Timothy Abeska, a retired South Bend attorney, is providing needed financial support to the Indiana Bar Foundation and, through a just-announced matching initiative, is incentivizing others to do the same.
In June, the longtime Barnes & Thornburg partner and IBF board member created the Timothy J. Abeska Endowed Civic Education and Civil Justice Fund at the Indiana Bar Foundation. The endowed fund is designed to support the organization’s civic education programing and civil justice initiatives.
To encourage others to support the IBF, Abeska has pledged to match each additional donation made to the endowed fund up to $5,000 beyond his initial contribution.
“The creation of this fund supports my two passions: civic education and legal services for the underserved,” Abeska said. “My hope is that people will be moved to contribute to the Indiana Bar Foundation so it can carry out this important work.”
The matching gift is coming at a critical time, according to Charles Dunlap, executive director of the Indiana Bar Foundation.
In particular, revenue streams into civil legal aid programming have been choked as COVID-19 has slowed the economy.
The Federal Reserve’s lowering of interest rates to zero has slashed funds flowing into the Interest on Lawyers’ Trust Accounts. The IOLTA funding is a major source of financial support to legal aid programs, including the pro bono district across the state and the online Indiana Free Legal Answers.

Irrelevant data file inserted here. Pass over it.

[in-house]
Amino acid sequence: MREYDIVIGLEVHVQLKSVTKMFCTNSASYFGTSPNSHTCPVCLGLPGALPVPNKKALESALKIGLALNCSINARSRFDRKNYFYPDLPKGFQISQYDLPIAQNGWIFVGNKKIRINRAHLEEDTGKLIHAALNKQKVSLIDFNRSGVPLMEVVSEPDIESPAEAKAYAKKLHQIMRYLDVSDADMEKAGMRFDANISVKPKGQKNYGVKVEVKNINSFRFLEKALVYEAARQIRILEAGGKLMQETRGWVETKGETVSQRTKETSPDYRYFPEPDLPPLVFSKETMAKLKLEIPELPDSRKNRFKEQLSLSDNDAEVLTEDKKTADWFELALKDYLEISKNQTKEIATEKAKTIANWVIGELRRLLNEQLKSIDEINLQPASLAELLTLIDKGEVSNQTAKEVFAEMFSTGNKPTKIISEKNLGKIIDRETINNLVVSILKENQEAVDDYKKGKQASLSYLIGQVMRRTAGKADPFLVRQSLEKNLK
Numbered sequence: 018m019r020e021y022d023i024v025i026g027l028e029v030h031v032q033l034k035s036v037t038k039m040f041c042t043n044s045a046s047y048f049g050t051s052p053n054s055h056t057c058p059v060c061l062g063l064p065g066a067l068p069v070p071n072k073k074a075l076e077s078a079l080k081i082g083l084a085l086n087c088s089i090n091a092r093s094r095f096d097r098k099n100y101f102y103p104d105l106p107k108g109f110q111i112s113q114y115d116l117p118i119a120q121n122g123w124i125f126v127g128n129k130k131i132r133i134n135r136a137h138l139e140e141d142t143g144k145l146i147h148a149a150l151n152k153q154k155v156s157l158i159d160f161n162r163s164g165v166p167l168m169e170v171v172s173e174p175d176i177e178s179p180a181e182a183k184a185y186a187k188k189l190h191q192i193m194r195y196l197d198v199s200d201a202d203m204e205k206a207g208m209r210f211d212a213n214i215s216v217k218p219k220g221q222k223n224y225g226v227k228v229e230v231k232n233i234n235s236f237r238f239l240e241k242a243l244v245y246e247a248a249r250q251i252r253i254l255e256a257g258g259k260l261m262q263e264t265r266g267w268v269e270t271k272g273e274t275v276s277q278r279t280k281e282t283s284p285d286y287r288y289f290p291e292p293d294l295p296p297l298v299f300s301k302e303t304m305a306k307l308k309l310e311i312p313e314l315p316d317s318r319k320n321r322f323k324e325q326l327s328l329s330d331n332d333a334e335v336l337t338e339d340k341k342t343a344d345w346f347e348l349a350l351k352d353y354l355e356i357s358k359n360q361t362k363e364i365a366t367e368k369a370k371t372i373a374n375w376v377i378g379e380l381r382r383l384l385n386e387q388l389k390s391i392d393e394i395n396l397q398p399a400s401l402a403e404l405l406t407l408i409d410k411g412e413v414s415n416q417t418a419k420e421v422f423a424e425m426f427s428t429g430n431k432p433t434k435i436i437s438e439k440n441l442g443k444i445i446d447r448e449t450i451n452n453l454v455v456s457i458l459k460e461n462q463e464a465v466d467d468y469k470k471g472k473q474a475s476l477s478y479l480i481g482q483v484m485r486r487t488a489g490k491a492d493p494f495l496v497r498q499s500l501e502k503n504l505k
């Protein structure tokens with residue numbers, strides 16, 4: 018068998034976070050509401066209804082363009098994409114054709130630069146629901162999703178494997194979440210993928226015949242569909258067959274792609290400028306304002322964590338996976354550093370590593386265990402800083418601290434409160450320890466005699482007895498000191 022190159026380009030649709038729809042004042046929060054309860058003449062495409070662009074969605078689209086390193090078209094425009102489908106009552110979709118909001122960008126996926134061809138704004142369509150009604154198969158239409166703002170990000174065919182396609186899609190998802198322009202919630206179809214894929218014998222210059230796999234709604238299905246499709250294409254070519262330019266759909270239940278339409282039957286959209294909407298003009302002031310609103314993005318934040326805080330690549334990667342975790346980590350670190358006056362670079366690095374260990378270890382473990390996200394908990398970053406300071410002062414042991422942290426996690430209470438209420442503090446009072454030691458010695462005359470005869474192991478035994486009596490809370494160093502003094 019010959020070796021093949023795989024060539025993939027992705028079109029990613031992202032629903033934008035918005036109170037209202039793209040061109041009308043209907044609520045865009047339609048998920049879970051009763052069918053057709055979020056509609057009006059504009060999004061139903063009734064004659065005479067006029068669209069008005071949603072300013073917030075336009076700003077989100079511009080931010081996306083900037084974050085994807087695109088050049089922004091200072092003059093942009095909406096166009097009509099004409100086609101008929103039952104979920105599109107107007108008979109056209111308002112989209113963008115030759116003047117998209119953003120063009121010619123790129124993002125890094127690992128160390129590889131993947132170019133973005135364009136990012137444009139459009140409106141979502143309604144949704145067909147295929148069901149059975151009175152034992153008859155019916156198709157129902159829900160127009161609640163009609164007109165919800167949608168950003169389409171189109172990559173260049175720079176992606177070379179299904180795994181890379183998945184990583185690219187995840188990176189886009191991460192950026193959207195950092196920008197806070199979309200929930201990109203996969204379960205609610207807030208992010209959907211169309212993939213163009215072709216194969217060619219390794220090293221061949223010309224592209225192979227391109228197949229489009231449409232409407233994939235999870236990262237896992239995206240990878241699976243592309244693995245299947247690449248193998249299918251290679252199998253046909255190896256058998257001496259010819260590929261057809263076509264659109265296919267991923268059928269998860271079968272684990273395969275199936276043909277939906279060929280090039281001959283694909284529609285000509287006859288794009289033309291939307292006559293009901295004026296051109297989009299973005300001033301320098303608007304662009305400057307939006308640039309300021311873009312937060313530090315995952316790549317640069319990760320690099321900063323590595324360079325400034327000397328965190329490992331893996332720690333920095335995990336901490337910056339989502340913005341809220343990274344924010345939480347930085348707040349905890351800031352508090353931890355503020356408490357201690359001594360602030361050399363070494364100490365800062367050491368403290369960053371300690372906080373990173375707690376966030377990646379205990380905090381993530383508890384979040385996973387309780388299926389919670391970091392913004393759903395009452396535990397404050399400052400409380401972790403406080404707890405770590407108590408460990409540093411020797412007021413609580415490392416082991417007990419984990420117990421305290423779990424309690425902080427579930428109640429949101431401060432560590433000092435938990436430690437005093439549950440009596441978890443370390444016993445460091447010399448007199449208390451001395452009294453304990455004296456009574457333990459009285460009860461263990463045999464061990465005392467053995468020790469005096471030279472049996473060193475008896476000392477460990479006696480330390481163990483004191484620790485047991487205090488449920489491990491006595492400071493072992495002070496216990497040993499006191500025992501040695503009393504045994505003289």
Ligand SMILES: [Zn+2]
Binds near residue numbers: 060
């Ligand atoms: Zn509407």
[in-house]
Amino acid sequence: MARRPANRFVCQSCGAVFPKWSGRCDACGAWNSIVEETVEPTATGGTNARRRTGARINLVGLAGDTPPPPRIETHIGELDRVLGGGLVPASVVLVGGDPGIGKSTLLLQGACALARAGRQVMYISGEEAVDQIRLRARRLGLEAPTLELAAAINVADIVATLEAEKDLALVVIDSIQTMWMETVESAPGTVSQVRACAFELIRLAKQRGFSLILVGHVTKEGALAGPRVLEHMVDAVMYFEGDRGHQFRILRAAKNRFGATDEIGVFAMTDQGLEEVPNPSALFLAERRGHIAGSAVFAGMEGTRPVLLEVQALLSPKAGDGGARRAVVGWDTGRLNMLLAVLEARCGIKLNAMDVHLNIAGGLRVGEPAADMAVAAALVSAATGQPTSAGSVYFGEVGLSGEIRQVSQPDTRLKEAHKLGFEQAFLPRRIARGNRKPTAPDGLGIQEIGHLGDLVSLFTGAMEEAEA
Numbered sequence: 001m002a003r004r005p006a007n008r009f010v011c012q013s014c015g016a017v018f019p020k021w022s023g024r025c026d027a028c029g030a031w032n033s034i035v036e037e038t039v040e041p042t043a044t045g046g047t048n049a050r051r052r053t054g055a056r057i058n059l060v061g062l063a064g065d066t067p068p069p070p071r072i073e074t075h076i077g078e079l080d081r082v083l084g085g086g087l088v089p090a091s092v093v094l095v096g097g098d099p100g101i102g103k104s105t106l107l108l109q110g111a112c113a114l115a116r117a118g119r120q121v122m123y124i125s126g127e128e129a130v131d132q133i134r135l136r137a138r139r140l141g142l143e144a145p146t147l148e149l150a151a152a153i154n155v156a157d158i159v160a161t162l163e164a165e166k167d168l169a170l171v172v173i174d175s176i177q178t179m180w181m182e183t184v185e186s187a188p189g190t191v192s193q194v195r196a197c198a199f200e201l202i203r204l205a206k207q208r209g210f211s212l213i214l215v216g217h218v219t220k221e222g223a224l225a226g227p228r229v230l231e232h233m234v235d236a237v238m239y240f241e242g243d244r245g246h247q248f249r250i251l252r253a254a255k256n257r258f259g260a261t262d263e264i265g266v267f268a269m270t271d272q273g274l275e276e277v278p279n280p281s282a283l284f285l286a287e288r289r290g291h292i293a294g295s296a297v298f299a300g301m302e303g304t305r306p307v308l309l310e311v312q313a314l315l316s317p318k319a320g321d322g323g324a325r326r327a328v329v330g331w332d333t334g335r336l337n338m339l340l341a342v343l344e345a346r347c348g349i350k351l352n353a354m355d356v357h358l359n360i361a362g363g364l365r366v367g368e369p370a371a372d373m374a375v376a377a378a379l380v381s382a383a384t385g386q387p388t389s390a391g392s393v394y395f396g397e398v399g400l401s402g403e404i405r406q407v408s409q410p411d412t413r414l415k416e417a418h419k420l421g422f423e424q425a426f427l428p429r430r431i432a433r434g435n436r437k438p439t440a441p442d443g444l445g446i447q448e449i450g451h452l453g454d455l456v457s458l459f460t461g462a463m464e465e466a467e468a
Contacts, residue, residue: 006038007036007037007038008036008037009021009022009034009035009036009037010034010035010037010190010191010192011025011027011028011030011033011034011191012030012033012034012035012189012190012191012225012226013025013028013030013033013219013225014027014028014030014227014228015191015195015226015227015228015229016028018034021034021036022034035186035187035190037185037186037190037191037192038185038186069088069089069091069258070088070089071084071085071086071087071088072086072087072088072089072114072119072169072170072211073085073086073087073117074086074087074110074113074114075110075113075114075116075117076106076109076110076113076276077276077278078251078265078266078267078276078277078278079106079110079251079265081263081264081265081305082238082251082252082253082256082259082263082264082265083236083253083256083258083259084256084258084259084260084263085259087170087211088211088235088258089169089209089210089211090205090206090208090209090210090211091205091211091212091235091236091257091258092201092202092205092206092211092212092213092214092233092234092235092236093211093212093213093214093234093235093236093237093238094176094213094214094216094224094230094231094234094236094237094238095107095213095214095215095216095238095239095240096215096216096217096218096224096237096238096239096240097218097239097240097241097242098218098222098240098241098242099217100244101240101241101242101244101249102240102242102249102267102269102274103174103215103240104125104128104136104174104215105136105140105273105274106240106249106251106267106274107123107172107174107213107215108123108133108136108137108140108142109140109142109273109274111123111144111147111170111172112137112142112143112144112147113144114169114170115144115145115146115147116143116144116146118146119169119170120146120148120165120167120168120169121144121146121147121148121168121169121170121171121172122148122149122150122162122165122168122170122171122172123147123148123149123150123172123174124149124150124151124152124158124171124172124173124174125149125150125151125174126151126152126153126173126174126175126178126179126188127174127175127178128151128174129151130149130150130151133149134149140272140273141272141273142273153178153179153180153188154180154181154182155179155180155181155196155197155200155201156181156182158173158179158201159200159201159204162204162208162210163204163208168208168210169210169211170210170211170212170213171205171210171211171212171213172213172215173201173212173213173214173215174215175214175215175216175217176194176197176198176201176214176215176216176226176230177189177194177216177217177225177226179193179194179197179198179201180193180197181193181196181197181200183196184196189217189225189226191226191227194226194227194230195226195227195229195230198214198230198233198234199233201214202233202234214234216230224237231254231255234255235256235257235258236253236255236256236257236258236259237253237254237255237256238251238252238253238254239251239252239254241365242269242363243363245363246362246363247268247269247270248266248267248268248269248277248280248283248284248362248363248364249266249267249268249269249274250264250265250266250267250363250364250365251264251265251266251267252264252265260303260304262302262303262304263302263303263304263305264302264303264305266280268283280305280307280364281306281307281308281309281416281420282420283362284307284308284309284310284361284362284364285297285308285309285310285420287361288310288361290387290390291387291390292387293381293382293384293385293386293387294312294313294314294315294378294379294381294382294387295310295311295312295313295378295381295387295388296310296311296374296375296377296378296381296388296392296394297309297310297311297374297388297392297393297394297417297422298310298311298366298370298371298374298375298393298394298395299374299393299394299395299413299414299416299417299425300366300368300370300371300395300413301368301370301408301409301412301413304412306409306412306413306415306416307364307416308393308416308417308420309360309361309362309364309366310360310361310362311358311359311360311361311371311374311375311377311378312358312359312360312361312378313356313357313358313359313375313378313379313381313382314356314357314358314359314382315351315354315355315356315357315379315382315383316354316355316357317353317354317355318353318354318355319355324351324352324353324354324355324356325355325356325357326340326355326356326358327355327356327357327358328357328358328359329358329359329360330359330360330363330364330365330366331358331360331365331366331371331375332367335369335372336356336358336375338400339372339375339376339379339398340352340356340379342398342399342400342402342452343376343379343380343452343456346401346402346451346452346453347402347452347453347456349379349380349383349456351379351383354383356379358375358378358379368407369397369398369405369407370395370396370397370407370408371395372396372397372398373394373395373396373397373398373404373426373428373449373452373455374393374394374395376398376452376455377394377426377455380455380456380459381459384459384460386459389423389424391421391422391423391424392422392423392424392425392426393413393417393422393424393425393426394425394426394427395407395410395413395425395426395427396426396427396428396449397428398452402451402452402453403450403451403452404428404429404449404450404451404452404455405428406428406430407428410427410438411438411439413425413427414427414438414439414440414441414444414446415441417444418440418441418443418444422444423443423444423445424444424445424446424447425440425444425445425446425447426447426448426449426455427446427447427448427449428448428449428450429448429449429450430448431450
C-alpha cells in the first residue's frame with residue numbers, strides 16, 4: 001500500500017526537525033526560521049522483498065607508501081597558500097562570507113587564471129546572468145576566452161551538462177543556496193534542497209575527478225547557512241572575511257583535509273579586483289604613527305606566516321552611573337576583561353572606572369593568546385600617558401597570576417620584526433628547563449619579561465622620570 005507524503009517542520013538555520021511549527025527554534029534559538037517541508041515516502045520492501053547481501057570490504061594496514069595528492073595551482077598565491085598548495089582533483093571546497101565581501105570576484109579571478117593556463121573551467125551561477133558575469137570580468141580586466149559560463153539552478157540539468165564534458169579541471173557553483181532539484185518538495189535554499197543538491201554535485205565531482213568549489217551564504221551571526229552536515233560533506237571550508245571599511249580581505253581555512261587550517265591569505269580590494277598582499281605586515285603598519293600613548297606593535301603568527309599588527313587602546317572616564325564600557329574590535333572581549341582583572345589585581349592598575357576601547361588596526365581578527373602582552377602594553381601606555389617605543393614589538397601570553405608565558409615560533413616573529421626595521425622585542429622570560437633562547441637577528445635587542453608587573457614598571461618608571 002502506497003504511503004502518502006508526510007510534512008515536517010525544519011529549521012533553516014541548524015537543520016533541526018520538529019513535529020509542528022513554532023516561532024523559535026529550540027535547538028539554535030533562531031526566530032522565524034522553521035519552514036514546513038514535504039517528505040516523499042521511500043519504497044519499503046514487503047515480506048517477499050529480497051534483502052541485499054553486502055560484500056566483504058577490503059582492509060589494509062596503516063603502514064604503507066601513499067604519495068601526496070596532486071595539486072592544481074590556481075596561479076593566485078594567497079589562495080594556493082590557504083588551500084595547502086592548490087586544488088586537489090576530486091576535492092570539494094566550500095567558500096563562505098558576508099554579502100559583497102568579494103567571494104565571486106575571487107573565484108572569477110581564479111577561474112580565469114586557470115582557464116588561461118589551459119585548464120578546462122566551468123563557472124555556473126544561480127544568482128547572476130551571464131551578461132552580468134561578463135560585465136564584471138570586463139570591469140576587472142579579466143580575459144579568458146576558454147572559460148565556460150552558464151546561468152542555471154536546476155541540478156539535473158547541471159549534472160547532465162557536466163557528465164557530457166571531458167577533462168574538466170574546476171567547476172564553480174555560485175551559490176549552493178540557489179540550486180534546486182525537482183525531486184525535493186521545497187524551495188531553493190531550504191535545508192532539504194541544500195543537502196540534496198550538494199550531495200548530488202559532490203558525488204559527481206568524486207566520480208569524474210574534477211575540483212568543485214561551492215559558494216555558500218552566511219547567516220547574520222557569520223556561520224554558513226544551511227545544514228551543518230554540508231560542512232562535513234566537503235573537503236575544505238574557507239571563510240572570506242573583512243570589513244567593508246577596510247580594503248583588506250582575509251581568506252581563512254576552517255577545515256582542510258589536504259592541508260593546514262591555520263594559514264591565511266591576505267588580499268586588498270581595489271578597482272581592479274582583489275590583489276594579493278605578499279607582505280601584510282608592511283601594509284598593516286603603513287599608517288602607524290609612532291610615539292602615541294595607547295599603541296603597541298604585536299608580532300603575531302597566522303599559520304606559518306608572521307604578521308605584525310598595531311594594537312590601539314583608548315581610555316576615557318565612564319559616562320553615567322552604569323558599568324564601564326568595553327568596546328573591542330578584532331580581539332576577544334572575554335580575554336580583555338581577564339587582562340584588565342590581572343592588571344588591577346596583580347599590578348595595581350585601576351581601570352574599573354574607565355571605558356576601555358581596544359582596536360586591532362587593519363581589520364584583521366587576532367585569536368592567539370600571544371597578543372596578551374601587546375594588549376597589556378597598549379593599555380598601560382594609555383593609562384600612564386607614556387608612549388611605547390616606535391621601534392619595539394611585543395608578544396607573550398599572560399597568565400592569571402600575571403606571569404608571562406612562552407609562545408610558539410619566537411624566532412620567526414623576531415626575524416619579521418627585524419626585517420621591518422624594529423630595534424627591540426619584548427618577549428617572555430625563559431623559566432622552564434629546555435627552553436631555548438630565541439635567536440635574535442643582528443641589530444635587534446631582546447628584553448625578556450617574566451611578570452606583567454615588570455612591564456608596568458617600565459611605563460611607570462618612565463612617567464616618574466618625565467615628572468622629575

Revenue from IOLTA reached $168,000 in August 2019, but in August 2020, the flow had trickled down to $36,000.
Compounding the loss is the decrease in revenue from filing fees. A $1 fee tacked onto the cost of civil legal filings in Indiana state courts goes to support legal aid. The bar foundation is estimating the fiscal year 2020-2021 filing fee revenue will drop to $260,000 from the $360,000 realized in fiscal year 2019-2020.
Currently, the diminished revenue has not lowered the bar foundation’s appropriation for pro bono efforts. The IBF awarded $1 million to Pro Bono Indiana in 2020 and just approved another $1 million for 2021. Despite the coming gap in revenue, Dunlap said the bar foundation wants to maintain that level of support.
Along with bolstering legal aid, the Abeska Endowed Fund will provide welcomed support to the bar foundation’s educational programs, including the We the People and Indiana Mock Trial programs. Although the bar foundation expects more than 1,100 students and more 400 volunteers to participate in the both programs this year, the student numbers are down by almost a third because COVID-19 forced the competitions to online formats.
Dunlap, who noted Abeska has been a strong donor and supporter of the bar foundation, said the organization is grateful for his gift. The Abeska Endowed Fund is coming at a time of “great need” and will help the bar foundation maintain its mission.
For more information about the Indiana Bar Foundation and its programs, visit www.inbf.org.